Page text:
Believe in God, it's only one God. F*** all that religion s***. Believe in one God, and do right. Try your best to do right, we ain't perfect. Just do that and everything will be straight.
We all seem to stumble, planning our own demise,
Getting the big picture, and making it wallet-sized.
I probably spent more time listening to albums than writing songs. But I think that gave me all the tricks in terms of wordplay, from how I pronounced my words to the actual delivery.
The hardest thing for -- not only an artist but for anybody to do is look themselves in the mirror and acknowledge, you know, their own flaws and fears and imperfections and put them out there in the open for people to relate to it.
And I'm not sure why I'm infatuated with death,
My imagination is surely an aggravation of threats...
Maybe cause I'm a dreamer, and sleep is the cousin of death,
Really stuck in the scheme of wondering when I'mma rest.
I am from the inner city, the ghetto. If I can use my platform to carry on a legacy and talk about something that's real, I have to do that, period.
My parents were fairly young in the city of Compton. So the things that they played -- you know, that was the hip crowd. So I was being exposed to all these ideas, from Big Daddy Kane to Eazy-E to the Bay Area -- Too Short, E-40 -- you know, back to Marvin Gaye and the Isley Brothers.
You can have the platinum album. But, you know, when you still feel like you haven't quite found your place in the world, it kind of gives a crazy offset.
Teenagers expressing this on a daily basis in the middle of the streets -- you can't help but believe we are in the mind state of taking our losses and changing people's perceptions of us and our community. We are strong. Our families are tired of being hurt.
In all my days of schooling, from preschool all the way up to 12th grade, there was not one white person in my class. Literally zero.
Hip-hop and being a pro athlete go hand in hand. When they come together, it's a win, not just for your business brand but also for culture.
Every time I write these words they become a taboo,
Making sure my punctuation curve, every letter here's true,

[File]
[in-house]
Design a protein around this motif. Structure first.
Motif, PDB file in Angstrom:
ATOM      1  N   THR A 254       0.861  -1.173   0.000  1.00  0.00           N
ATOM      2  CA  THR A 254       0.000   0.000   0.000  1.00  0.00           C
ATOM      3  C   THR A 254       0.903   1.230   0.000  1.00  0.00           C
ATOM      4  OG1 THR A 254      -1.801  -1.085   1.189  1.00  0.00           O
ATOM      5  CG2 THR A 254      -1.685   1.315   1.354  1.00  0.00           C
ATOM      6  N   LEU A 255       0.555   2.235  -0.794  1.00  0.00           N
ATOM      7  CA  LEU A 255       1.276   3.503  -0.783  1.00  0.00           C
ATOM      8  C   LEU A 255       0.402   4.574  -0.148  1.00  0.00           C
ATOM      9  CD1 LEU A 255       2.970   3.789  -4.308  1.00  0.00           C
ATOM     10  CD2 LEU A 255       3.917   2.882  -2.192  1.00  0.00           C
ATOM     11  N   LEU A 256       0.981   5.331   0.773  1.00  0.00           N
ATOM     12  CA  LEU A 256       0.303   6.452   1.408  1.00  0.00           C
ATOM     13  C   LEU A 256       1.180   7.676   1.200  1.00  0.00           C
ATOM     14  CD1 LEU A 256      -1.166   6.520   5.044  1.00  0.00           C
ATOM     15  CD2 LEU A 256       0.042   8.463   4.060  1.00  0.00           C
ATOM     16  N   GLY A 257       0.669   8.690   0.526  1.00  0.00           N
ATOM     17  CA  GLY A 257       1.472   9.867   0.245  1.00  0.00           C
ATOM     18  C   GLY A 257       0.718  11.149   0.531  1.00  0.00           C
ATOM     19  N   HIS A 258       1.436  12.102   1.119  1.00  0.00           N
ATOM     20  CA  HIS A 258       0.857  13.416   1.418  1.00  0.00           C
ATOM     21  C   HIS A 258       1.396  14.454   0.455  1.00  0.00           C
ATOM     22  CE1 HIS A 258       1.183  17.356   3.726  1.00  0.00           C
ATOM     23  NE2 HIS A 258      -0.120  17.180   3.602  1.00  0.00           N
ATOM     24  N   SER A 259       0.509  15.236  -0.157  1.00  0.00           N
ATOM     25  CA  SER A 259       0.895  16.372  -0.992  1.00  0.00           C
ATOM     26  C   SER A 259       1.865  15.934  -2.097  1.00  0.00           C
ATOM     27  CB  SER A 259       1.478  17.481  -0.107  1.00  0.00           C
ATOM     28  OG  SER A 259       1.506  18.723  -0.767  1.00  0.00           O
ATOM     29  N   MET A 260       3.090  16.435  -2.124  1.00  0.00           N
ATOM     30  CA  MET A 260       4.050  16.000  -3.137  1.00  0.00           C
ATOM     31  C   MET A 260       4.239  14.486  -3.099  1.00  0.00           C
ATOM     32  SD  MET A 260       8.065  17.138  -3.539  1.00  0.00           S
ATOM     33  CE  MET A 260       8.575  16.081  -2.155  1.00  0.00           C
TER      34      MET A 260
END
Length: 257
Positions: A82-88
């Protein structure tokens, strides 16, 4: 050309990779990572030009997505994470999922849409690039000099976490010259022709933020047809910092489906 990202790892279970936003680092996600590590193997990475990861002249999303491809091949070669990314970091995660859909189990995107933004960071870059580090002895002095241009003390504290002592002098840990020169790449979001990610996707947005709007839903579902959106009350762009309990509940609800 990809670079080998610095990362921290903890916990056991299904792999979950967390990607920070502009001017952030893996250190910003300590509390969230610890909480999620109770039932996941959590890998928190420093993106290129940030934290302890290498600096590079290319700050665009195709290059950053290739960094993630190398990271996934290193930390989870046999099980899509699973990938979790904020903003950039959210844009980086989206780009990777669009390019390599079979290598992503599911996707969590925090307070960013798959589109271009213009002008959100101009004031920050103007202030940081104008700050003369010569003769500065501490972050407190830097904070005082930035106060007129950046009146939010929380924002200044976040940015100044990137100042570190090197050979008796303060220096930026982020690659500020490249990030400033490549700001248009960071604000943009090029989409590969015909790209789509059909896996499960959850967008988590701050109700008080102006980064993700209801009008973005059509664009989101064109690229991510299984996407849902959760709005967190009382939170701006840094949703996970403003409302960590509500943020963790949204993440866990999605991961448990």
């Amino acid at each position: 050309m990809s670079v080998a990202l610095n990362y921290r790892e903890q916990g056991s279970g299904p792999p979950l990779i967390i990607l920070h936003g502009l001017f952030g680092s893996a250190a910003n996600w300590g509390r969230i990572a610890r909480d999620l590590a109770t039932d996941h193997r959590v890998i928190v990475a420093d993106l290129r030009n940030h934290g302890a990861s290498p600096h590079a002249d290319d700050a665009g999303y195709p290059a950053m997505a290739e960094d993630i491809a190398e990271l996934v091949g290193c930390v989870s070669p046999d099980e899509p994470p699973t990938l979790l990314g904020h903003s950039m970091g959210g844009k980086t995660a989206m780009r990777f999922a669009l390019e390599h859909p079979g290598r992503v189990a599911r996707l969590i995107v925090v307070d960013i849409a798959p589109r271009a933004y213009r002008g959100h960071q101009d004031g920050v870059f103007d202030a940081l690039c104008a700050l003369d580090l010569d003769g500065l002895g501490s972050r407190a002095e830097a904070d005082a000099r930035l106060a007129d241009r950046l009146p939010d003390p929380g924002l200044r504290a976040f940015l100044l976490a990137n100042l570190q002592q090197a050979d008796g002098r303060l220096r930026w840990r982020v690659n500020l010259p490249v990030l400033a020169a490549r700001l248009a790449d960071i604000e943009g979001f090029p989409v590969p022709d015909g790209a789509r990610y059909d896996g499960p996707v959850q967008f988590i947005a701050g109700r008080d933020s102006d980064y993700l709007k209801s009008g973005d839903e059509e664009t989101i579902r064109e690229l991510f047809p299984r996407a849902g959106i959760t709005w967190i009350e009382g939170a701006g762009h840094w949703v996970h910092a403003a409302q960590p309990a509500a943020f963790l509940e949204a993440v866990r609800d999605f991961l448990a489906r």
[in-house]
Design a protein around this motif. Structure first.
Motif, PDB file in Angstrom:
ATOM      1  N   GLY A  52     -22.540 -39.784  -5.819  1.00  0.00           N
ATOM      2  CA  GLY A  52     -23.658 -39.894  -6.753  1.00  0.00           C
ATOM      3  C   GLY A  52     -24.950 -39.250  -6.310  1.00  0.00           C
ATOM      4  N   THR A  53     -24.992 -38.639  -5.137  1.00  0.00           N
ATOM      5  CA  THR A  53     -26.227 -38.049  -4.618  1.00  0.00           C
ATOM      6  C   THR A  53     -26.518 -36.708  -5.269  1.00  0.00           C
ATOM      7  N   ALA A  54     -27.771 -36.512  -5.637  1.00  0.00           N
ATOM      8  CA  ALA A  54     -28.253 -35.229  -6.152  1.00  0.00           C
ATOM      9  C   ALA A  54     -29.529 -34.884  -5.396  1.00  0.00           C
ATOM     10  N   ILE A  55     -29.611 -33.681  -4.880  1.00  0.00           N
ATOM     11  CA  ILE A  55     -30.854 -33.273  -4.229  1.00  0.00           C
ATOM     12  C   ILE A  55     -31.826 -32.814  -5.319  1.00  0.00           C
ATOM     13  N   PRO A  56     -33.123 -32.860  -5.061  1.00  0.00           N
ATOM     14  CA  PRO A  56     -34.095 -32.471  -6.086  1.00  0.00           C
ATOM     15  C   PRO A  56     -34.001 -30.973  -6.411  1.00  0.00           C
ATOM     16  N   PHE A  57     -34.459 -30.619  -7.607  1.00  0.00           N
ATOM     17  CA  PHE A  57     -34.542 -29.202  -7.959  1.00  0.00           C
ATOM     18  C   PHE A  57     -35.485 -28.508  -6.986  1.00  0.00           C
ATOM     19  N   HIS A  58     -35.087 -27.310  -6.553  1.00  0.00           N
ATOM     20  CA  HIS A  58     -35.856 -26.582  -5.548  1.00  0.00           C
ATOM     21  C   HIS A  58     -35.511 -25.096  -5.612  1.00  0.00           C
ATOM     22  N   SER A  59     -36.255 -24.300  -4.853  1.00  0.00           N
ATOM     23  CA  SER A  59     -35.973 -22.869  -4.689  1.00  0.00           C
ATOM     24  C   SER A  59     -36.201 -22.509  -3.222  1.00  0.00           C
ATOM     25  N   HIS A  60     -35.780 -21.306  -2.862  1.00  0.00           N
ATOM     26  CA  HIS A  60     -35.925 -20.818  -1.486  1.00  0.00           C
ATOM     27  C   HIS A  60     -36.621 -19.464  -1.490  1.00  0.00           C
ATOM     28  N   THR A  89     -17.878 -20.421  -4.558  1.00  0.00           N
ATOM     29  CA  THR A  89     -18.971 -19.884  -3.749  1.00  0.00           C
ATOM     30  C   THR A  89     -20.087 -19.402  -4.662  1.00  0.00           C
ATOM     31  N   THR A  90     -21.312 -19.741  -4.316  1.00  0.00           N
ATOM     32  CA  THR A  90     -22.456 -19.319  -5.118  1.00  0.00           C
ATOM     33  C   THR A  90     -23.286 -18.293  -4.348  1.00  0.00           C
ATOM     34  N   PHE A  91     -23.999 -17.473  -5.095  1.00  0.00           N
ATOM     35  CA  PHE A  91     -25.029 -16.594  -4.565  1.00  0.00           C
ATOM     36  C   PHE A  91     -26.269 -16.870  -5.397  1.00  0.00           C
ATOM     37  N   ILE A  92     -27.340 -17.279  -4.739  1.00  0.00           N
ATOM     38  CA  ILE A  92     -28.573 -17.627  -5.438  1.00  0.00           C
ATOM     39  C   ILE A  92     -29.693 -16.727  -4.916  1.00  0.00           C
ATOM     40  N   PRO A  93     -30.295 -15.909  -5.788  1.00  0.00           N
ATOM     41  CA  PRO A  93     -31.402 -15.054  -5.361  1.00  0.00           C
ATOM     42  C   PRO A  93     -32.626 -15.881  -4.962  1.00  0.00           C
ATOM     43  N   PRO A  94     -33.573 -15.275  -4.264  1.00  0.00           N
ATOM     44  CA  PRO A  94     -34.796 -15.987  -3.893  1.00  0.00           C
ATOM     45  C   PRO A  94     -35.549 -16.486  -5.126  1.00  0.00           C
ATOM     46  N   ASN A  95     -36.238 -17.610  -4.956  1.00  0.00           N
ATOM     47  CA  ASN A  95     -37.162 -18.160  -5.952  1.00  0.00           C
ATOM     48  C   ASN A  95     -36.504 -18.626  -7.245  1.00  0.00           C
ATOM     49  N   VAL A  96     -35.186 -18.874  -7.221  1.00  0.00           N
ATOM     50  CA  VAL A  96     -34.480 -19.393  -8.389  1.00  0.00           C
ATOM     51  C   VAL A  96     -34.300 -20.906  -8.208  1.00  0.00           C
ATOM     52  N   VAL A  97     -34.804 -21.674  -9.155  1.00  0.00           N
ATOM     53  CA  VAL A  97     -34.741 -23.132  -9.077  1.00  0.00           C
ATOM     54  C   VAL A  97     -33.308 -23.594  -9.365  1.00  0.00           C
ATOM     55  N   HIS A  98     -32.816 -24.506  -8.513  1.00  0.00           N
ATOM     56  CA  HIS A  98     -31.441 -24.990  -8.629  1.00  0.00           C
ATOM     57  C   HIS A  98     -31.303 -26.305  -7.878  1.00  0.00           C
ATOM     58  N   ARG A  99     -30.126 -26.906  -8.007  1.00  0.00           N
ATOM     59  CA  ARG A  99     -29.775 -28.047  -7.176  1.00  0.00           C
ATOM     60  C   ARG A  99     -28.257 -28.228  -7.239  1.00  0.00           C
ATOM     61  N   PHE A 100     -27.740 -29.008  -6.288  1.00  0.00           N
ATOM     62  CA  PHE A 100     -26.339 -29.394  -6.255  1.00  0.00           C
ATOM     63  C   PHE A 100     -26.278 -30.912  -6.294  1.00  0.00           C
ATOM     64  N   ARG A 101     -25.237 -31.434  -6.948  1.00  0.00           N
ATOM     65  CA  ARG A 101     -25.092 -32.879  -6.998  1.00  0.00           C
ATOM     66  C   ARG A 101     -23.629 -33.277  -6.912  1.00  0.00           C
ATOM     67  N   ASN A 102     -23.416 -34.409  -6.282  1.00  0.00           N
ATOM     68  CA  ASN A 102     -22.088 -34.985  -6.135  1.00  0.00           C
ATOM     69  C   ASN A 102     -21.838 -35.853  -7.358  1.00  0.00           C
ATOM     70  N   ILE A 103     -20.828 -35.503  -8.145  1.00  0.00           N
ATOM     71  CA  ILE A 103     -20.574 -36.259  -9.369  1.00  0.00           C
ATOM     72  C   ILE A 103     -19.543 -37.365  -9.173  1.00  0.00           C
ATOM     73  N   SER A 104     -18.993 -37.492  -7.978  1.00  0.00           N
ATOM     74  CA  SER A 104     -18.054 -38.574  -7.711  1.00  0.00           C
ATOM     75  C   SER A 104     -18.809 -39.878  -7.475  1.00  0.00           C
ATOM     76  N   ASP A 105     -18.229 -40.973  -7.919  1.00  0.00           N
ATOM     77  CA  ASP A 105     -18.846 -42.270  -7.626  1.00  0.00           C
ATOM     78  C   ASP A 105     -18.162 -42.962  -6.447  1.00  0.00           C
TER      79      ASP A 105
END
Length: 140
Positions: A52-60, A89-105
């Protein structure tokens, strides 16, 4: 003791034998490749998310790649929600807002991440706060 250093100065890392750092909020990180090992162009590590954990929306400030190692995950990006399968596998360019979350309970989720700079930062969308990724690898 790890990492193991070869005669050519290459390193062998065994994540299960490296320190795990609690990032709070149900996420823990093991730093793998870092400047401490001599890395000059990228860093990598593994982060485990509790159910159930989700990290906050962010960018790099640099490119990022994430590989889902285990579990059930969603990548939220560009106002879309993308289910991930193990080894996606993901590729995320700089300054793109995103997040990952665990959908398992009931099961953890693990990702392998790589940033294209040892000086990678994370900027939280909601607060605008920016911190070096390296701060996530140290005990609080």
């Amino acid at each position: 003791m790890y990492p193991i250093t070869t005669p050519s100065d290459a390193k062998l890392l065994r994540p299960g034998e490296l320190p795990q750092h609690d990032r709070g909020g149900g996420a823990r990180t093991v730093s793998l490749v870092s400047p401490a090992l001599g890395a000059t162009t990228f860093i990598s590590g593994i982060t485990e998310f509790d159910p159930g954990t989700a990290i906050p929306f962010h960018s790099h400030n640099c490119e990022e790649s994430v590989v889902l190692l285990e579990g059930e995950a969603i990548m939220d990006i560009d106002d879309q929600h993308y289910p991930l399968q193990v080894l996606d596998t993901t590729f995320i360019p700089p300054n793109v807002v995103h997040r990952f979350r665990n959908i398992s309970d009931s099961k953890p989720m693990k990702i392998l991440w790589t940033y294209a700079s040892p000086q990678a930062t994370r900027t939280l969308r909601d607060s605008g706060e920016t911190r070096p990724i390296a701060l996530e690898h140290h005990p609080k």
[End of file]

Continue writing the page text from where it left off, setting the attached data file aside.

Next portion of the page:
Living my life in the margin, and that metaphor was proof.
God to me is love. It's the ruler of all things, whether it's with a person or with music or with your TV. I feel like it's this energy. God is energy, love is energy.
What separated me from all my homeboys is the fact that I didn't get caught inside the reality. I was always dreaming about doing something else or going somewhere else.
I'm just writing, writing, writing. I keep these tablets on me until I'm inspired to go back in and make the music. I never take a break from my pen, because I pride myself on that.
The HiiiPower Movement is a movement that's going on all throughout the world like a virus. It's about being on a higher level than the industry. It's a movement we started to be above all the bullshit that's been going on.
I felt like, what better way for people to understand me by taking the initiative in giving my real name, my name that moms taught me so y'all actually know what's going on in my life and my music.
I see conflict. But the conflict is what makes it relatable. I'm conflicted; you're conflicted. I'm not perfect -- nobody is. I'm just blessed to be able to express my conflict through song.
My grandma always said, Where there's a will, there's a way. I think it's just naturally in our DNA to be able to survive. We was always taught that: to survive. When you talking about slavery, it's to survive.
Look inside my soul and you can find gold and maybe get rich. Look inside of your soul and you can find out it never exists.
I live this life at a pace that anyone can go.
Know your place, and dedicate your role
...To the faith that you'll die alone.
I don't talk about these things if I haven't lived them, and I've hurt people in my life. It's something I still have to think about when I sleep at night.
Whatever pressure I feel all comes from me, from within. I always was that person who was hard on myself and challenged myself no matter what I was doing, whether it was passing third grade or playing basketball.
My lyrics say I have morals, I have confidence, I have weaknesses, I have strong points, that I am a human being.
So next time you feel like your world is about to end, I hope you studied because He's testing your faith again.
Toronto's one of my favourite places. If I were to move anywhere out of California, it would be Toronto. Definitely.
Am I the only one who measures time using songs? Oh it only took me 4 songs to get here! that's not to long!